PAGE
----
Secret Identities #1 review

I’m very much a two superhero universes person. DC and Marvel are all I really need. 
I try other takes every now and then, but so often it seems we’re simply getting more ‘extreme’, supposedly more realistic copies. 

Image’s Secret Identities certainly has some of the archetypes – speedster, magician etc – but adds enough fresh touches of its own to grab my interest. 

But I’m getting ahead of myself …

The extra-length debut begins with our heroes, The Front Line, taking on the villainous Perdition and his personal mob of monsters. Sheer numbers look set to overwhelm the Toronto-based team, but reinforcements are on the way – watching from a distance is non-member Crosswind.

He’s biding his time so his entrance has maximum impact. It’s the kind of thing early Booster Gold might have tried, so long as loss of life wasn’t in prospect, but the armour-suited Crosswind has a more sinister motive than headline grabbing. He wants to make such a big impression that the team offers him membership. Which they do, after he becomes the one to take Perdition down. 

Seems awfully convenient, and it is – it turns out Crosswind doesn’t wish to join the Front Line because he admires them, but because he wishes to take them down. It was he and his unseen partner who arranged for Perdition to go on a rampage.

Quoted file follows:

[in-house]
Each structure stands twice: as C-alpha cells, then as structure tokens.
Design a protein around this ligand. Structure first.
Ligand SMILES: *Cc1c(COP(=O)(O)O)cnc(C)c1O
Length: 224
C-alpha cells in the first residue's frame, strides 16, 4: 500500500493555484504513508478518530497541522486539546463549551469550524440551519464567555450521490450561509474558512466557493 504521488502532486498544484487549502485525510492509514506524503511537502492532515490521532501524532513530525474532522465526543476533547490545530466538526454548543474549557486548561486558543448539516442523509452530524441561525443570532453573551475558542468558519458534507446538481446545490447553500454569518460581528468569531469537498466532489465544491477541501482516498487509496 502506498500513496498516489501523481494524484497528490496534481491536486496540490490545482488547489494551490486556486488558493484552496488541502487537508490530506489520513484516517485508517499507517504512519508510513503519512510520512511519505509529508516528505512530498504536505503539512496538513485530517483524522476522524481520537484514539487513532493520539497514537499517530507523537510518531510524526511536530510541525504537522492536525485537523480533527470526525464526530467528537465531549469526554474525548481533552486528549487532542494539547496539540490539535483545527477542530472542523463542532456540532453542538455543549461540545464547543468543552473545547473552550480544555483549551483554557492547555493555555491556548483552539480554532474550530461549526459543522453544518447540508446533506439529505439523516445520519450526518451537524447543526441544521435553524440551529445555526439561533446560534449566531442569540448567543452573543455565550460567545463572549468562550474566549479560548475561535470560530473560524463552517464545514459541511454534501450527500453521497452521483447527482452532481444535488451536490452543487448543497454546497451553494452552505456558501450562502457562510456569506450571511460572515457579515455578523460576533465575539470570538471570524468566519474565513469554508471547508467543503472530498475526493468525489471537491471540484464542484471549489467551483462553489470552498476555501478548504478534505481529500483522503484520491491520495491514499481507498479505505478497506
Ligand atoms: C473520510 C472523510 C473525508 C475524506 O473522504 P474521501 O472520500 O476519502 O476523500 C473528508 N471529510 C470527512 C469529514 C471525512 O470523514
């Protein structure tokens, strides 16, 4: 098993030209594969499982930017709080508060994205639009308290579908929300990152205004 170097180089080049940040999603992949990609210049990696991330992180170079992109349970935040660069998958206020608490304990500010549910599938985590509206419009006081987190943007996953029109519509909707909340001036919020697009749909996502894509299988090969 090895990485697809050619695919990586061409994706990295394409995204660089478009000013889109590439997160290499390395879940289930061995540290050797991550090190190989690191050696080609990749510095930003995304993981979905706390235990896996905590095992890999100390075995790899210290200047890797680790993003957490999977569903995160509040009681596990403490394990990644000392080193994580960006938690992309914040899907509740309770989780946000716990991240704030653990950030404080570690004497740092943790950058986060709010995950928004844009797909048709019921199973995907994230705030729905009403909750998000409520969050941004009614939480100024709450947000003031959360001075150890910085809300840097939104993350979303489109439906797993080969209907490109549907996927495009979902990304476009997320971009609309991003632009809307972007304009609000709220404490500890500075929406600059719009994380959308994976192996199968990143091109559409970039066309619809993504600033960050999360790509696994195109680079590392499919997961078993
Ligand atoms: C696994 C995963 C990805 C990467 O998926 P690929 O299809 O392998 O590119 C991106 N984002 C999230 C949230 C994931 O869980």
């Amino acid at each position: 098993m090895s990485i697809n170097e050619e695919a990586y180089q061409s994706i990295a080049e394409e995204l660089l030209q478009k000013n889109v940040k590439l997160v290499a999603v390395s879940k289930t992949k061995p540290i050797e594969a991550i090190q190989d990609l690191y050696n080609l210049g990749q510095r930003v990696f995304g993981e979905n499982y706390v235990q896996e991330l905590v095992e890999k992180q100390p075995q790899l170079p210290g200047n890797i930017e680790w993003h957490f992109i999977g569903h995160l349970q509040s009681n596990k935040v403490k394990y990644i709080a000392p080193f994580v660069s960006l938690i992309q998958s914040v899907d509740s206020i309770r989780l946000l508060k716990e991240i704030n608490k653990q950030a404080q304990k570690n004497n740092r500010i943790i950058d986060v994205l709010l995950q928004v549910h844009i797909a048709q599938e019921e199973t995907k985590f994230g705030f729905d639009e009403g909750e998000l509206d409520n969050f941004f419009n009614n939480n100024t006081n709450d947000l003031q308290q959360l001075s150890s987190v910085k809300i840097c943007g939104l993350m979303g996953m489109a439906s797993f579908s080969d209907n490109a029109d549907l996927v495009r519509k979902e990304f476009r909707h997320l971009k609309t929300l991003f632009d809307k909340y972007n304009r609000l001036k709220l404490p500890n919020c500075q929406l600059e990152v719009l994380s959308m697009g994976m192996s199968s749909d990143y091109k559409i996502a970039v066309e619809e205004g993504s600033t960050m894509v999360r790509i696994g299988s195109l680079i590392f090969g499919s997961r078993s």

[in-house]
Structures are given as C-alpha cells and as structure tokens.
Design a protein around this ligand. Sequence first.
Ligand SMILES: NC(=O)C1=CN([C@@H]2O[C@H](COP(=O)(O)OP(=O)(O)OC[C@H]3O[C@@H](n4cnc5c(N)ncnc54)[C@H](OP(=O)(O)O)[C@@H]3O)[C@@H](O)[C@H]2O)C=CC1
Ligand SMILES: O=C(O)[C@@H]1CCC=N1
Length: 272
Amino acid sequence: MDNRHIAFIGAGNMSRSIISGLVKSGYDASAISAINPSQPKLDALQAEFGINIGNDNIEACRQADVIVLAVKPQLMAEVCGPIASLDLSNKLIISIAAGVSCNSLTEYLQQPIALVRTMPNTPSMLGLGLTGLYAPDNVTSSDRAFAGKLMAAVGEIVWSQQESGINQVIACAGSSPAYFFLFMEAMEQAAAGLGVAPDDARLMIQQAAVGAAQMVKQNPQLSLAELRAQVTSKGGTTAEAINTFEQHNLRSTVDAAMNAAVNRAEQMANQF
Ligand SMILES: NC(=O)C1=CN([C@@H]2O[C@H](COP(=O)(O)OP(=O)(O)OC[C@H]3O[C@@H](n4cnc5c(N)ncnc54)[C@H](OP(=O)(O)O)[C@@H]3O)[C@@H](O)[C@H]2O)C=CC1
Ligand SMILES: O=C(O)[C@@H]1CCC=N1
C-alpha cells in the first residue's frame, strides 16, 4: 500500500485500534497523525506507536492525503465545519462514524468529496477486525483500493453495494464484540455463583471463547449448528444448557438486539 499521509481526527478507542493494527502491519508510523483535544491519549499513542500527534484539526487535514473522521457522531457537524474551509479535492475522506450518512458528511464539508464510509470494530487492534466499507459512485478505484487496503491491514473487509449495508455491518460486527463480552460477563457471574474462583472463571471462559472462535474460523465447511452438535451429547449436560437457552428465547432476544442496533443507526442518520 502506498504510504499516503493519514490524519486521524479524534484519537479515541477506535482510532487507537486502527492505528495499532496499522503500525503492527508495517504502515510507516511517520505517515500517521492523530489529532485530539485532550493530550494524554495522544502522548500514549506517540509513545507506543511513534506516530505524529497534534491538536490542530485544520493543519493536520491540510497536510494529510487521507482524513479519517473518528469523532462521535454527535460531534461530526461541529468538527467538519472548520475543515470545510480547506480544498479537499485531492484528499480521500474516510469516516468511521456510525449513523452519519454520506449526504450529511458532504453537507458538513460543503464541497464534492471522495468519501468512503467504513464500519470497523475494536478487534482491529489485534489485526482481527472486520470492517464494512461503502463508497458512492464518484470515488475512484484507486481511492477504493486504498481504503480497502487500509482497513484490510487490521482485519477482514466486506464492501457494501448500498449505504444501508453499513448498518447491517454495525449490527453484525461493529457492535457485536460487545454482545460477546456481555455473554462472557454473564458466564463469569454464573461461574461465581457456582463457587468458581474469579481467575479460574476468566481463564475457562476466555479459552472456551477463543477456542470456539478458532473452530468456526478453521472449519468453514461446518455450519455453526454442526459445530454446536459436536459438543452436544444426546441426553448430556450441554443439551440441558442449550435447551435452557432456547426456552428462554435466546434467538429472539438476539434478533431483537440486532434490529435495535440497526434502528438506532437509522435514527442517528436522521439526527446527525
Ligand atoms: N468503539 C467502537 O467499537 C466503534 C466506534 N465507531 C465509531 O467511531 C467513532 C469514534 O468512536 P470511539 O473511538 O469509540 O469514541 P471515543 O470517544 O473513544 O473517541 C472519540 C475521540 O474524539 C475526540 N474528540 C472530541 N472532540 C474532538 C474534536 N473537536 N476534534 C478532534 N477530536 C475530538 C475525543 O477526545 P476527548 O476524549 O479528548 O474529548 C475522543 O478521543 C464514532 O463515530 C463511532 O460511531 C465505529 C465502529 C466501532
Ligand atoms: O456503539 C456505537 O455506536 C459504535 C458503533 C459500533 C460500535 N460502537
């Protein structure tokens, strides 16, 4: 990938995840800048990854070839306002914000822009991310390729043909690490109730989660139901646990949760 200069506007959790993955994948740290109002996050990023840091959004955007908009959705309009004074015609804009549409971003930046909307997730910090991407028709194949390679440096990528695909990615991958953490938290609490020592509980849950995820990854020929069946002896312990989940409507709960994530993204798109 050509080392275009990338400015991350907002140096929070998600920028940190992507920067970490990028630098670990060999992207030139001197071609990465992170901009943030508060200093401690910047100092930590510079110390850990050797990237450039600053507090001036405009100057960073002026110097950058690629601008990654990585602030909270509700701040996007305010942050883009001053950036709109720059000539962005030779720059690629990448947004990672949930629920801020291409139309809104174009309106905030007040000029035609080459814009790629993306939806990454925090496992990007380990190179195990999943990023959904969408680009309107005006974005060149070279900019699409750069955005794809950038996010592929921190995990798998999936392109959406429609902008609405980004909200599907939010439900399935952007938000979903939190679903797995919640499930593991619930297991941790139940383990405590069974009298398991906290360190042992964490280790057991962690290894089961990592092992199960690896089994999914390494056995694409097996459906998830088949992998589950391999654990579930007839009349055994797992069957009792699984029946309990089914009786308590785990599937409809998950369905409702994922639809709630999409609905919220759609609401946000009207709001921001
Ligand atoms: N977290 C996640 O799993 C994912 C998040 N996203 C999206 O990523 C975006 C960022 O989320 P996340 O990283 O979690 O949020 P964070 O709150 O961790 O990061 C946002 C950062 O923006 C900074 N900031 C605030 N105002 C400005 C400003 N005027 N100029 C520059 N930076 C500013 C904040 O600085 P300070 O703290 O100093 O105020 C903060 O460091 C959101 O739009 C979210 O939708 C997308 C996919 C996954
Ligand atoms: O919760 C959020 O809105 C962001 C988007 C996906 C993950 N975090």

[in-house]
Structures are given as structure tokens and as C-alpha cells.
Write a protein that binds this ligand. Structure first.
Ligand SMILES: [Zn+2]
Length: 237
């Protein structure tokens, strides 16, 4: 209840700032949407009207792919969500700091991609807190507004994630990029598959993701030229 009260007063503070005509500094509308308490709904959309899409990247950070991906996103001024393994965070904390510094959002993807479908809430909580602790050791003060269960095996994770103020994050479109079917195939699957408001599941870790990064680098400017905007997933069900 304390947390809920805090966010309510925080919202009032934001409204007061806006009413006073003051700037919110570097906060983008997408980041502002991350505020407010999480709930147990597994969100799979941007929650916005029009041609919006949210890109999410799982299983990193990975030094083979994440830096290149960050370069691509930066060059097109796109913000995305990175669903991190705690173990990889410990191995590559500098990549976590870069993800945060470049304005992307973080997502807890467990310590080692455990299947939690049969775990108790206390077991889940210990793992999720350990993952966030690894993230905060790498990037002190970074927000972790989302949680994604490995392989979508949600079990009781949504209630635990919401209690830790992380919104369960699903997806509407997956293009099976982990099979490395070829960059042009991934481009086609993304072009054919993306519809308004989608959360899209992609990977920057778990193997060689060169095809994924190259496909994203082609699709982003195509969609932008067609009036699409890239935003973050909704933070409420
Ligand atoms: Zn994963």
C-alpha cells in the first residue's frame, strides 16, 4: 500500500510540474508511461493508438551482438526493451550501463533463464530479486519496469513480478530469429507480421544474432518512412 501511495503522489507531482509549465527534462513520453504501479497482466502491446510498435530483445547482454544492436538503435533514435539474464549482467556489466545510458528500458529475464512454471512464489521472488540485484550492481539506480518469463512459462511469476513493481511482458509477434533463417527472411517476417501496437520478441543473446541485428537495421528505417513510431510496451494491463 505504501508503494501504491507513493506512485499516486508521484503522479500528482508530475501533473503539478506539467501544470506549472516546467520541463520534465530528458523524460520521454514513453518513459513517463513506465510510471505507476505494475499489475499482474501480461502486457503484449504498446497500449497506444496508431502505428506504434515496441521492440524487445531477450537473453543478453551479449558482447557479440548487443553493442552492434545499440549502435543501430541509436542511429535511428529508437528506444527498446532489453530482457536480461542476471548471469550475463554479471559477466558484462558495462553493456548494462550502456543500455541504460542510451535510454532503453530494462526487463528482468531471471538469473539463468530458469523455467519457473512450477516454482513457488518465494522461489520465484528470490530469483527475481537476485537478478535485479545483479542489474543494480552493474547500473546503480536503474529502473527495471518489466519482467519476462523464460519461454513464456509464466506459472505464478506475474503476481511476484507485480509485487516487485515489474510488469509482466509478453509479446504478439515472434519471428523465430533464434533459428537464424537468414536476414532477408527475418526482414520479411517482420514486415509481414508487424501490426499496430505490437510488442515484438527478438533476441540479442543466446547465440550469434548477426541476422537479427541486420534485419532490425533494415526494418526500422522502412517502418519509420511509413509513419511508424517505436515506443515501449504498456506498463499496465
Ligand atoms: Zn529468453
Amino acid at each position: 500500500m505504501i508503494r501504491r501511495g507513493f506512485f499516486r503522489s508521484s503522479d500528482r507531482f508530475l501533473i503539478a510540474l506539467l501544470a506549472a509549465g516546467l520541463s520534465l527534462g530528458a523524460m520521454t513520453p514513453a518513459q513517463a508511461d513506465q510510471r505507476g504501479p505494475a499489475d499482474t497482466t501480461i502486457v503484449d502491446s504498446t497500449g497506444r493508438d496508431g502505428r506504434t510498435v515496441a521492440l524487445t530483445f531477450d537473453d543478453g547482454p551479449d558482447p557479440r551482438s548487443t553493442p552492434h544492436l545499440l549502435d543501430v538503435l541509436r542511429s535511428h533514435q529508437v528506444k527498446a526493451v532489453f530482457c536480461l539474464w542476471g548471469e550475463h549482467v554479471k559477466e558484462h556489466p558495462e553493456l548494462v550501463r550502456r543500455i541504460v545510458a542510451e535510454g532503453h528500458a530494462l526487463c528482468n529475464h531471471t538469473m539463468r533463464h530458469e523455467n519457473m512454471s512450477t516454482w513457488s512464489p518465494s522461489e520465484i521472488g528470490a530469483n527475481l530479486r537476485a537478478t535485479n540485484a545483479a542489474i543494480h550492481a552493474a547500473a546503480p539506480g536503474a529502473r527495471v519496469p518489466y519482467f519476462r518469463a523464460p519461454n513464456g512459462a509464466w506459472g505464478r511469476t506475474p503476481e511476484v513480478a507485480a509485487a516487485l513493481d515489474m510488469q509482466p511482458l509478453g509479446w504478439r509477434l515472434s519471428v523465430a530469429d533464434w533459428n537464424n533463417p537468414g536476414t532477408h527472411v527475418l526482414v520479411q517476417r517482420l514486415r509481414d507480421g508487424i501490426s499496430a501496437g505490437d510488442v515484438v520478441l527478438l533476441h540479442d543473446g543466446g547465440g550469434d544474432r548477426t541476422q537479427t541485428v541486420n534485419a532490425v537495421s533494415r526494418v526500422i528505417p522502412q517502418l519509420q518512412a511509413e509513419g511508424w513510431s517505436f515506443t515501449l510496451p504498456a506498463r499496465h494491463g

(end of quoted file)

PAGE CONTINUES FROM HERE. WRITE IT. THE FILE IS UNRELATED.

Too spoilery? Not at all – this is page nine of a 28pp story whose writers, Brian Joines and Jay Faerber, want us to know Crosswind has ill intent. As fans of the ‘Traitor Within the Legion Lad’ trope – whose most famous example was New Teen Titan Terra – they want to put readers in the head of the cuckoo from the minute he enters the nest. 

Said nest is one of those original aspects I mentioned earlier – a giant, wrecked Sentinel-style robot operated by frog-like organisms. It’s pretty cack as hero HQs go, but has sentimental value for the team. 

I like that after the incredibly crowded, inevitably confusing opening sequence, full of names and powers exposition, Secret Identities slows down to let us get to know the team members. 

🔸There’s light blaster Luminary, whose dad has quite the impressive job. 
🔸Rundown, whose private life is, shall we say, complicated. 
🔸Bruiser Punchline, who wants to be a comic but can’t come up with a funny line to save her life. 

🔸Cyborg centurion Helot, the only Front Line member who bothers trying to cheer up an old teammate forced out by circumstance. 
🔸Gaijin, floaty alien samurai with family troubles. 

🔸Recluse, long-lived sorcerer whose powers demand an awful price. 

🔸And Vesuvius, lava-loaded supposed survivor of Pompeii. 

They’re a fascinating bunch, and I’m dying to see how Crosswind does in his bid to learn their every secret. So far, they’re being cautious, keeping their true names from him and not letting him too far into the robot’s innards, but sooner or later they’ll allow him further…